Seventeen U of M projects have received over $2.5 million in funding through the Social Sciences and Humanities Research Council (SSHRC).
The funding was announced July 17 in Fredricton, N.B., by Kirsty Duncan, minister of science and sport. Over $1 million for U of M graduate student scholarships was also announced.
Réal Carrière, an assistant professor in the faculty of political studies, received over $70,000 in funding over two years through the SSHRC Insight Development grant for his project “Nistotumowin Nehinuwak Okimahin: Developing a Deeper Understanding of Swampy Cree Political Theories and Practices.”
The funding he received will allow Carrière to expand on the work he started in his doctoral research into Swampy Cree political theory.
“I’m going to be able to continue that work to go into several more communities outside of my home territory and to other Swampy Cree communities,” he said.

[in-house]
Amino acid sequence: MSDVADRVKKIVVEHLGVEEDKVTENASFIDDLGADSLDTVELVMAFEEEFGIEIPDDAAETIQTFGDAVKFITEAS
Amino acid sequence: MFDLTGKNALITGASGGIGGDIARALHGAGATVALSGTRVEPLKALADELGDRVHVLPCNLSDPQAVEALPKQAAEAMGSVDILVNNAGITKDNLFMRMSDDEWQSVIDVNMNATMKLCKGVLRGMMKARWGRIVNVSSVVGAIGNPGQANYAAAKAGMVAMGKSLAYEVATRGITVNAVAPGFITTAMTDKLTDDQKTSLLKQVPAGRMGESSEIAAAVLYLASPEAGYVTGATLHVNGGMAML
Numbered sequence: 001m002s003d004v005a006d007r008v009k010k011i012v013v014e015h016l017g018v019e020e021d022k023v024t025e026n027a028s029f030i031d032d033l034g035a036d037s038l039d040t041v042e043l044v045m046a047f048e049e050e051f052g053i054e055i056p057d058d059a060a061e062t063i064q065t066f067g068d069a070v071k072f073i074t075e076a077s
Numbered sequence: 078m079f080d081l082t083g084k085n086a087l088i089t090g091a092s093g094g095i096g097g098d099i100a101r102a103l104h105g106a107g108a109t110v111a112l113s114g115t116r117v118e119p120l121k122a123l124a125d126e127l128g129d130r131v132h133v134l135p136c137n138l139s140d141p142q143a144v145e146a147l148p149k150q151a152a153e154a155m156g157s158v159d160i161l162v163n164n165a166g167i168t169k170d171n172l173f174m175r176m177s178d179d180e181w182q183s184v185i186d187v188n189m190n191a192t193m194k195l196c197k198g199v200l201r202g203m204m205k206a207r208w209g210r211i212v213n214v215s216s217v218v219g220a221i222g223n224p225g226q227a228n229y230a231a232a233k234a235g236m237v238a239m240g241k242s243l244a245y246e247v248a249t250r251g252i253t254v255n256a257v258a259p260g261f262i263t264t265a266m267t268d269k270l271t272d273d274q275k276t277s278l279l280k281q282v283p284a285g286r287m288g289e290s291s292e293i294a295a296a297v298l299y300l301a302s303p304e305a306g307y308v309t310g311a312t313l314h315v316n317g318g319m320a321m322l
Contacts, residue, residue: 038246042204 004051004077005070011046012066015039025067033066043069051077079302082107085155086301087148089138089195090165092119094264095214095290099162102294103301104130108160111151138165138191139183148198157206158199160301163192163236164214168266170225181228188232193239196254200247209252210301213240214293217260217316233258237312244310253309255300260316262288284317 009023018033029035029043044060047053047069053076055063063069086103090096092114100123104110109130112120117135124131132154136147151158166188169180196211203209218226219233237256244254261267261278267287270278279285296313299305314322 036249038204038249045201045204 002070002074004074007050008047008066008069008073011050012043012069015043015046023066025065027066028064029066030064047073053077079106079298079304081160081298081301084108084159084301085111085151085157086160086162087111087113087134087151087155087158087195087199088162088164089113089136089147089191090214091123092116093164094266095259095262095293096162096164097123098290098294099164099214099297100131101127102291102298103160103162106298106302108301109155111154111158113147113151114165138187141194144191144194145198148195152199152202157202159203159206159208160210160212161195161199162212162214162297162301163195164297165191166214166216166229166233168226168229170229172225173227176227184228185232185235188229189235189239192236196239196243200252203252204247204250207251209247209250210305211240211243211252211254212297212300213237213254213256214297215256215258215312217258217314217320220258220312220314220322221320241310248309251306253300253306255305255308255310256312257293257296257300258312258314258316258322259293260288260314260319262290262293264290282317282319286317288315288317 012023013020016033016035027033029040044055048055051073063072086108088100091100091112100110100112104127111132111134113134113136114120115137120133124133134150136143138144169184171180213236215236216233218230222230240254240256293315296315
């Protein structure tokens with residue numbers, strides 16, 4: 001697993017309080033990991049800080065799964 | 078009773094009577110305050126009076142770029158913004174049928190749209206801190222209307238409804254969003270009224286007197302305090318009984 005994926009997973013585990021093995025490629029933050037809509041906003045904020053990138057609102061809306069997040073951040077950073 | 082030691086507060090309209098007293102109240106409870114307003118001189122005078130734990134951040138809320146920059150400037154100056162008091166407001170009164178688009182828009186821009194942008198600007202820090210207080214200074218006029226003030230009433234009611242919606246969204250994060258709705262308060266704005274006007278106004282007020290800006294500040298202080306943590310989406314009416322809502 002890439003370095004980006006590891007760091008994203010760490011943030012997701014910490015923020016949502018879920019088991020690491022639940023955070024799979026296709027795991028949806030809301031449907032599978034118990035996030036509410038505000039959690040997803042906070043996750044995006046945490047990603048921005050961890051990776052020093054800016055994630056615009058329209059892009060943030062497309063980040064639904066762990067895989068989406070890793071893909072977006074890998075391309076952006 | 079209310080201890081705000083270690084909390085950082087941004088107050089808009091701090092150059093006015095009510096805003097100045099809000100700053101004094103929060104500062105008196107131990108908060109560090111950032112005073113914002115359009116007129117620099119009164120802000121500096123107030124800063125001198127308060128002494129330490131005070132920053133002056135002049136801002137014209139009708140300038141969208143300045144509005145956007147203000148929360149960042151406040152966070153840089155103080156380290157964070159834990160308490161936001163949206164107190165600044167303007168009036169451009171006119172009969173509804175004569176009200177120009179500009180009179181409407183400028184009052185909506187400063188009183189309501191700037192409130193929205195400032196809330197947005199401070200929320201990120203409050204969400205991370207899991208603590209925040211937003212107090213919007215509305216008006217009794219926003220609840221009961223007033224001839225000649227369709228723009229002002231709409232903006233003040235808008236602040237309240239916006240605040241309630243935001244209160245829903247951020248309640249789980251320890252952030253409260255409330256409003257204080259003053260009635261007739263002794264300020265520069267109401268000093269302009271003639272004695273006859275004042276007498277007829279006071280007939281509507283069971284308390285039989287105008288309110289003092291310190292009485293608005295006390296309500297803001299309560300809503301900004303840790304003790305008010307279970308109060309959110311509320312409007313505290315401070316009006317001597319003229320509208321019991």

Carrière described the grant — and other similar awards — as being key for new academics in determining the path of their career.
“Grants of this size allow you to pursue your research agenda and the goals of what you want to do with your career,” he said.
Carrière also spoke about what research grants of this sort can mean for students by creating opportunities for gaining research experience.
“The way I designed the grant, and most grants are, is to get students, grad students or undergraduate students, to do research and [gain] career experience.”
“You’re probably not going to be successful if you’re not hiring any students, that’s kind of what they want to see, the Social Sciences [and Humanities] Research Council, they want to see that you’re supporting students and that you’re contributing to, they call it ‘knowledge production,’ that’s the official language that they use, and part of knowledge production is mentorship of new students,” he said.
“As a faculty, the grants themselves, recipients are successful for a lot of different factors, and one of the main factors too is, how are you going to support development of students.”